Divorce: Child Support Law

by Wayne Thomas
The majority of states use the Income Shares Model to calculate child support.

The majority of states use the Income Shares Model to calculate child support.

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Both spouses are obliged to financially support their children after divorce. Courts operate on the assumption that you are directly supporting any child that is living with you. The other parent, typically referred to as the non-custodial parent, is then generally ordered to pay the custodial parent to account for the difference in parenting time. This payment is known as child support and states have different approaches to how it is calculated.

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Income Shares

States differ on their approach to calculating support. The majority of states use what is known as the Incomes Shares Model. This model tries recreate the same proportion of financial support that occurred during marriage. So, if one parent contributed 75 percent of the total household income, he would be responsible for 75 percent of the total amount of the child's support obligation after divorce. The actual dollar amount of payment from the non-custodial parent is contained in the state's child support guidelines and is based on total household income. A few states use a variation of this formula, known as the Melson Formula, which takes additional public policy factors into account, such as a parent's financial needs.

Percentage of Income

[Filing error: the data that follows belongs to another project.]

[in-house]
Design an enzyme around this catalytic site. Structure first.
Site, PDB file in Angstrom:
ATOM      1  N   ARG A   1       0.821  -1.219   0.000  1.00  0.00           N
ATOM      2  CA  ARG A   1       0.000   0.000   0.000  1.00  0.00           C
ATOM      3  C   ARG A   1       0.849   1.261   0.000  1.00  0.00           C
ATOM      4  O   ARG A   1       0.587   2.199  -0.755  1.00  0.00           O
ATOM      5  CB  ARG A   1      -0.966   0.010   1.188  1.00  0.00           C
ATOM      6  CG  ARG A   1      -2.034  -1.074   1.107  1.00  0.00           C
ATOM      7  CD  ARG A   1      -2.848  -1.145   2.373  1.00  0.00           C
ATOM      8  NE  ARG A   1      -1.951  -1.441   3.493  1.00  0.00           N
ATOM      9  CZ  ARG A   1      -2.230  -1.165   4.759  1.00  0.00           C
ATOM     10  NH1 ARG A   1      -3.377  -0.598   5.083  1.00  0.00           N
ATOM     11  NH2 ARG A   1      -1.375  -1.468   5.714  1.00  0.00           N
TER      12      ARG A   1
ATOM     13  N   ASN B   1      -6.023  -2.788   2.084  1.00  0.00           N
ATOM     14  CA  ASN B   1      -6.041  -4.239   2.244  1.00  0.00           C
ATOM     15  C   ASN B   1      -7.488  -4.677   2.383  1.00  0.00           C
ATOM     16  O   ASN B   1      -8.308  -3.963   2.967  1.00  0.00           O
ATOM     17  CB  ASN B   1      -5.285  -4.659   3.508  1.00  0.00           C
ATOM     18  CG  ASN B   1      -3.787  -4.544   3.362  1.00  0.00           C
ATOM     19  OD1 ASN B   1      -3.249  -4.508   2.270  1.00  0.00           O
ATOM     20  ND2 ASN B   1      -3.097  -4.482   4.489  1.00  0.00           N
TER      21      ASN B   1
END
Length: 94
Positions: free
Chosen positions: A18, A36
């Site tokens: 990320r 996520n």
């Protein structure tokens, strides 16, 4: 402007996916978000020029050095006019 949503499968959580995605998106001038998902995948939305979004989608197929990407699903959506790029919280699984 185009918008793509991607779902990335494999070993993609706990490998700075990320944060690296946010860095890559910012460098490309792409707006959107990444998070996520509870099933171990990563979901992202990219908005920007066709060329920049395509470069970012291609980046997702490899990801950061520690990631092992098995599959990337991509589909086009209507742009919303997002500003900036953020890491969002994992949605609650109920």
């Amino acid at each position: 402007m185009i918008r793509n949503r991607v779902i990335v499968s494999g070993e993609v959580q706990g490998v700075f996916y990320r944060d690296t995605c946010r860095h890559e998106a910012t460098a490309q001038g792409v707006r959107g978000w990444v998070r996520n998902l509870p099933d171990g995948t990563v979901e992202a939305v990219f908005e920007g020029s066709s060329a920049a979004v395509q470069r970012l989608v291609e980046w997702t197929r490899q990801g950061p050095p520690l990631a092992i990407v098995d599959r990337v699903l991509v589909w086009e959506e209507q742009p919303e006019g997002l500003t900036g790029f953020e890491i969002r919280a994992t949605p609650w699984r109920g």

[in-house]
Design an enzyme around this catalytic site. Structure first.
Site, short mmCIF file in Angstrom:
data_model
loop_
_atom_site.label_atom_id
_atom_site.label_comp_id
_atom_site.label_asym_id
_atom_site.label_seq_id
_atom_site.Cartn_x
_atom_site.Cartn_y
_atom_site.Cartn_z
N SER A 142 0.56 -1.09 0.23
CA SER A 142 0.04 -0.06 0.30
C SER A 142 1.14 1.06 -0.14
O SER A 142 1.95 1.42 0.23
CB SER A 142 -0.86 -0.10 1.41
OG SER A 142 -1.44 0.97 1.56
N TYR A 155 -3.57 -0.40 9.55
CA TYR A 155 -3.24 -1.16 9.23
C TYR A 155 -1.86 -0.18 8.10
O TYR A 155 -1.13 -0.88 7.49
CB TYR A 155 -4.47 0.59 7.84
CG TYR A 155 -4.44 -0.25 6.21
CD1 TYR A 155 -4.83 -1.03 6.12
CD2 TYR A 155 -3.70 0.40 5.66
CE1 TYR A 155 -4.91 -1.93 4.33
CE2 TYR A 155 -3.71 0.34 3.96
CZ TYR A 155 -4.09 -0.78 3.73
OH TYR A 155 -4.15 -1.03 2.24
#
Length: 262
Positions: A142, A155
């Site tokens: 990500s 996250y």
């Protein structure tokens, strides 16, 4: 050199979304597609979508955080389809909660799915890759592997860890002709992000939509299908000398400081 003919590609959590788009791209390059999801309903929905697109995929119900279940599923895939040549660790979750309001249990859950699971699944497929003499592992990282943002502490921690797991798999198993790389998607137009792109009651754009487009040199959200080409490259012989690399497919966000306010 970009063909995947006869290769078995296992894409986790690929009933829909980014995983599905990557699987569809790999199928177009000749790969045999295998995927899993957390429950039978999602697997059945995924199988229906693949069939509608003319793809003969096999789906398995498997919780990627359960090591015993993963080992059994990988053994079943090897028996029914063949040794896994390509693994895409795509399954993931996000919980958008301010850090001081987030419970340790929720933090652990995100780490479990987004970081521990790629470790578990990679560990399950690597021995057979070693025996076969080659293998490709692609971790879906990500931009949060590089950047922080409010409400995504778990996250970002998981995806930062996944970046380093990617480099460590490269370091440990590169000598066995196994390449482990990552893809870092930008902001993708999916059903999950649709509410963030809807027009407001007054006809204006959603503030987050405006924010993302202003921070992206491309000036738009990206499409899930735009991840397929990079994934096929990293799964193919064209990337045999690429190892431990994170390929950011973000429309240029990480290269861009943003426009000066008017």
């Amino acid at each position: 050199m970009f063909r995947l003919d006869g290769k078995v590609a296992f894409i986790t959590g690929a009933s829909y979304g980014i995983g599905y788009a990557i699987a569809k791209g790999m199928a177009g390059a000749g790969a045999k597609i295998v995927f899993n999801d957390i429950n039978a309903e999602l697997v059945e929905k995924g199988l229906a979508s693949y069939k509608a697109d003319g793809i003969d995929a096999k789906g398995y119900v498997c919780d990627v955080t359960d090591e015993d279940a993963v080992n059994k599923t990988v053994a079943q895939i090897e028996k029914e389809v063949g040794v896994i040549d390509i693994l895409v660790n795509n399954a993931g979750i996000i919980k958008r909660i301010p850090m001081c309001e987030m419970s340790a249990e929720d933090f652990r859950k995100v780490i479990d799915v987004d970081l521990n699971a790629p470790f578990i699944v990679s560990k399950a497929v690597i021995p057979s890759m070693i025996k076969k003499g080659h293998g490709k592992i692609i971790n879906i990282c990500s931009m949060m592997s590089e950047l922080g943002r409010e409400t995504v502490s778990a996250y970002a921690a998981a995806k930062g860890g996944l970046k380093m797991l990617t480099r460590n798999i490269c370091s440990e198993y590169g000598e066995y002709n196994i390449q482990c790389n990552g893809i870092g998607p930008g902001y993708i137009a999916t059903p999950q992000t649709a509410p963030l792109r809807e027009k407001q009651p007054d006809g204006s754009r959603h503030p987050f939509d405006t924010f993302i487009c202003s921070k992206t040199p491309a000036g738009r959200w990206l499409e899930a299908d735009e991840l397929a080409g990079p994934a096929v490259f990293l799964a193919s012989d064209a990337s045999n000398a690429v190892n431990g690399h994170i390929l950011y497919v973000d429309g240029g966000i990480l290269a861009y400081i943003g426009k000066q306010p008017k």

An alternative method, used by a smaller number of states, looks only at the non-custodial parent's income. The support obligation is then calculated based on a percentage of that parent's income. Some states use a flat percentage for all income levels while others provide that the percentage decreases as income increases.


After the base support amount is calculated according to a state's formula, certain adjustments are generally allowed. These adjustments include a reduction for the number of overnights the non-custodial parent has with the child and increases for extraordinary expenses, such as private schooling. Some states also allow the non-custodial parent to request a deviation if the obligation is inappropriate or unjust. Deviations are always at the court's discretion.


Once a support obligation is in place, most states allow it to be modified in the future under certain circumstances. Modification usually requires a showing that a change in circumstances has occurred from the date of the original order. Examples of a change in circumstances might include a change in the custody order or significant increase or decrease in the non-custodial parent's income.